All this week we're looking back over albums by undeniable goth icons and talk about their failures.
As we proved in Monday's entry in the series, the mid-'90s wasn't an easy time for the pioneers of the goth genre. On the one hand they were reasonably secure as established and proven acts, but on the other, in many cases they were outliving the creative connections that made them who they were in the first place.
It's hard to say that about The Cure because of how unique the band truly is. Though many consider the group to be Robert Smith plus a few other guys in black, the reality is that The Cure is a constantly changing and evolving series of lineups that interact with each other in different ways. Because of that, ranking Cure albums against each other can be very difficult.
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That said, I'll tell you a story. A couple of years back a friend of mine was robbed, and the thief took among other things all of the guitar tablature books that my friend had. This included a complete collection of Cure books, all of which are out of print now.
My friend called me at my sheet-music store day job to ask me what it would cost to replace the collection. I told him I couldn't get those books anymore, but that I had a copy of Wild Mood Swings he could just have because it had sat on the shelf unsold for a decade.
He sighed and said, "That's the only album they didn't steal."
What makes the 1996 entry so... apathetic? Part of it must come from the fact that it doesn't really sound like Wish, which had come out four years previous and spawned one of their biggest hits in "Friday I'm In Love." That was when Robert Smith, Simon Gallup, and Porl Thompson were firing on all cylinders, completely in a groove with each other.
But by the time the band went into the studio to work on their next album, things were not going very well. Thompson had left, a decade of solid partnership with Smith was over. Gallup was stricken with a severe lung condition that limited his participation. What was left over was an awkward array of ideas that never really cement into an opus like a Cure record should.
Cure albums are never song collections, they all flow, but Wild Mood Swings lives up to its name and never really manages to find its identity.
It does start strong, there's no denying that. "Want" and "Club America" show off a modern intense darkness that we'd see again in their soundtrack work later in the '90s and done perfectly when Bloodflowers came out in 2000. They're wicked compositions that might have really shaken things up as singles, but instead they went with some of the album's weakest points.
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Instead of following the direction that the band was clearly moving towards rather than from we get a series of weird overly-pop attempts like "Mint Car," which stylistically is more or less a lackluster followup to "Friday I'm in Love." It's a catchy melody, no doubt, but Smith tries so hard to be... I don't know, cute that it feels cheap. It's like David Lee Roth was trying to control Smith's mind, especially when he makes that smarmy little kiss noise.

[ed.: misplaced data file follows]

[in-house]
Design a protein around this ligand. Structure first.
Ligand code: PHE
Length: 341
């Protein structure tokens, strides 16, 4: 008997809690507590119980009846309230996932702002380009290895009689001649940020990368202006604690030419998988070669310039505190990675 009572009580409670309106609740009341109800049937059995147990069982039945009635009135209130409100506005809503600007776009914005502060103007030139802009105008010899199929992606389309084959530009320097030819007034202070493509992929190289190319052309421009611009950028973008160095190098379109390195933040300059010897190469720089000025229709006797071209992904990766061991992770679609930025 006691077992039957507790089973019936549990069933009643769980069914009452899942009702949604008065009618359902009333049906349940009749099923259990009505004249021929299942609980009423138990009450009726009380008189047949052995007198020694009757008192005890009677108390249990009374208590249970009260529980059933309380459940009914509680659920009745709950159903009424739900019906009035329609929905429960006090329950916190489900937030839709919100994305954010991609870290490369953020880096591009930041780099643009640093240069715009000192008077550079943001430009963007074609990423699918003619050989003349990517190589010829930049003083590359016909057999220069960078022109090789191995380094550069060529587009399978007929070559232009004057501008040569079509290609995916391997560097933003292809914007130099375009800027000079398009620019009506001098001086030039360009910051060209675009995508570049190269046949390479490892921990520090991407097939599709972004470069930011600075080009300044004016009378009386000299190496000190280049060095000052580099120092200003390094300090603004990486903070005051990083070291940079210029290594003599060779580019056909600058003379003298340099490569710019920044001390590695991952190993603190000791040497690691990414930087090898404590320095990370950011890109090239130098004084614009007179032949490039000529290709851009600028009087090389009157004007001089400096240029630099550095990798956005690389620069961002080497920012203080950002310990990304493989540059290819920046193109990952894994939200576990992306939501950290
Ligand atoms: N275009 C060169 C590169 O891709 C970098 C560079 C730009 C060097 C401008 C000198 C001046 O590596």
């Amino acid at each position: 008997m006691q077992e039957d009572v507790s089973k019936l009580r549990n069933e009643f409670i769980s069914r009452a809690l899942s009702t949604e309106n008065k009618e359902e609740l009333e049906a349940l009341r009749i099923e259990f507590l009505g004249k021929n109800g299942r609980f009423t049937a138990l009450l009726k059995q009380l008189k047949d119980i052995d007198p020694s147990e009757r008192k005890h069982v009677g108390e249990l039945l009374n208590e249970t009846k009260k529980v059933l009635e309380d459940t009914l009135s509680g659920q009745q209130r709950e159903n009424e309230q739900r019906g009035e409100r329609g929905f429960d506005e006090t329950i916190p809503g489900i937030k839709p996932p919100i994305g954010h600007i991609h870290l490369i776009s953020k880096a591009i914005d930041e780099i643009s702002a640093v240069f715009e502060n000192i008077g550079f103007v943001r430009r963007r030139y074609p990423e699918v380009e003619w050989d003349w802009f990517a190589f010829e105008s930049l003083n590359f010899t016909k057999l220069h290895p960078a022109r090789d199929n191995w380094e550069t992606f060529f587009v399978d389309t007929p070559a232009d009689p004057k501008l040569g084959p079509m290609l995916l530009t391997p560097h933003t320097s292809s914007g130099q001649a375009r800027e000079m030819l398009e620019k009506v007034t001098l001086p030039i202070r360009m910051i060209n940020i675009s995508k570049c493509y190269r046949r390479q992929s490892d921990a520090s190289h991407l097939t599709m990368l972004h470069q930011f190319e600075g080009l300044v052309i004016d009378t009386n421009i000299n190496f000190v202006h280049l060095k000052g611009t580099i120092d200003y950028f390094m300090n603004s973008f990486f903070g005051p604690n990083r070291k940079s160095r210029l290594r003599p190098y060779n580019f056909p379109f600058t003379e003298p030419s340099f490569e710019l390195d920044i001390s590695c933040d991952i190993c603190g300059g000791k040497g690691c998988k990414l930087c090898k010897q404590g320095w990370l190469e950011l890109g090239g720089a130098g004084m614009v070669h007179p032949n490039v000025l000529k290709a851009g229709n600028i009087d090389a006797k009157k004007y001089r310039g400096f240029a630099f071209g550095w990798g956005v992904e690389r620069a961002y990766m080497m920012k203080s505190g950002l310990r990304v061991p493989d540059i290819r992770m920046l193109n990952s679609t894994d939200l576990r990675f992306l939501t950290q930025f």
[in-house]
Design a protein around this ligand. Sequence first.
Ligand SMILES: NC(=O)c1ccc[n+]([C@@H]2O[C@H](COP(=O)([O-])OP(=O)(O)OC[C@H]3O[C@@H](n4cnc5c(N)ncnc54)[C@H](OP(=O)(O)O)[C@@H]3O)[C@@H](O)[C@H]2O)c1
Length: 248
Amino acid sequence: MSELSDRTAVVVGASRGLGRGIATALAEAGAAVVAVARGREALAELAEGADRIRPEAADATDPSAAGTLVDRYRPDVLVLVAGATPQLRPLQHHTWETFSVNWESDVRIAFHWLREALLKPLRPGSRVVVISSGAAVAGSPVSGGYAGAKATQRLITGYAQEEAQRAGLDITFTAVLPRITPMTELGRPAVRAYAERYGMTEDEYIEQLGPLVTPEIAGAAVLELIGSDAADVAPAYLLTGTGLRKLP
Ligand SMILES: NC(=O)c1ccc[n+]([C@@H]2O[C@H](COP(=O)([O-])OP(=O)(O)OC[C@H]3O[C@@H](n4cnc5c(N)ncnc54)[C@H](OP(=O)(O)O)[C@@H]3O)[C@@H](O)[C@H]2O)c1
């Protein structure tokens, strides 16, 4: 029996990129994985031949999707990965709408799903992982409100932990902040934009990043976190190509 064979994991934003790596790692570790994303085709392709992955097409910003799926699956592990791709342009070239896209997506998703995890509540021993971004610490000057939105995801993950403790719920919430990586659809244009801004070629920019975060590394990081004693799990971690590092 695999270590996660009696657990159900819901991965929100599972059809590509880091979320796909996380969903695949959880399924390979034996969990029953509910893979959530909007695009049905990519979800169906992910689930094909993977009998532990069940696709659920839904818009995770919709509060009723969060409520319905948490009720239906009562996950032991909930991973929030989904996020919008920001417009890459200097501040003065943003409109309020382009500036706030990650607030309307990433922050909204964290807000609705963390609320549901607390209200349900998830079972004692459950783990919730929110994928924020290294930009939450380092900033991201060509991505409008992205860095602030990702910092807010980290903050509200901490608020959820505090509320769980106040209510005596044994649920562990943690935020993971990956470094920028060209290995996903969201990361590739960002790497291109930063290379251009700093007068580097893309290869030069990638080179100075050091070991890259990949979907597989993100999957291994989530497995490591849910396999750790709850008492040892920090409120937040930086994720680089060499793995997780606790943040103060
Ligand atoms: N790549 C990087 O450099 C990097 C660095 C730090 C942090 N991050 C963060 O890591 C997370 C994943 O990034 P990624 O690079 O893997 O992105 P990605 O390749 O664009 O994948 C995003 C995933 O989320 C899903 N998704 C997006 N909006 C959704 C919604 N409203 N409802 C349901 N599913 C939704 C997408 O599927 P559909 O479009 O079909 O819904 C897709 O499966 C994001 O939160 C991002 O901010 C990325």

Even when The Cure is lighthearted, they have an edge and an intensity. Call it a maniacal glee. Yet more than half the album sounds like the band was being forced to try to shotgun styles in order to churn out another Top 40 hit; in fact, they haven't done so since "Friday." "The 13th" sounds like a Dennis Wilson wrote it while on an opium binge, and "Strange Attraction" is completely forgettable.
Don't get me wrong. There are wonderful songs on Wild Mood Swings. "Bare" is one of my favorite tracks of all time from any band, and even for an act known for ending their albums in long, slow seven-minute breakdowns it stands out as a sincere and perfect composition.
For a while there, Robert Smith really wondered if The Cure was done, and Wild Mood Swings shows better than anything that an era was ending for him as a songwriter.
Luckily, he and Gallup found what was strong from the record and crafted what I consider to be their best work in Bloodflowers after a nice long rest. Wild Mood Swings was a letdown to people who loved Wish and a waste of time for people like me, who were hankering for the future.
Tune in tomorrow for more of the Five Most Disappointing Goth Albums.
Jef With One F is a recovering rock star taking it one day at a time. You can read about his adventures in The Bible Spelled Backwards or connect with him on Facebook.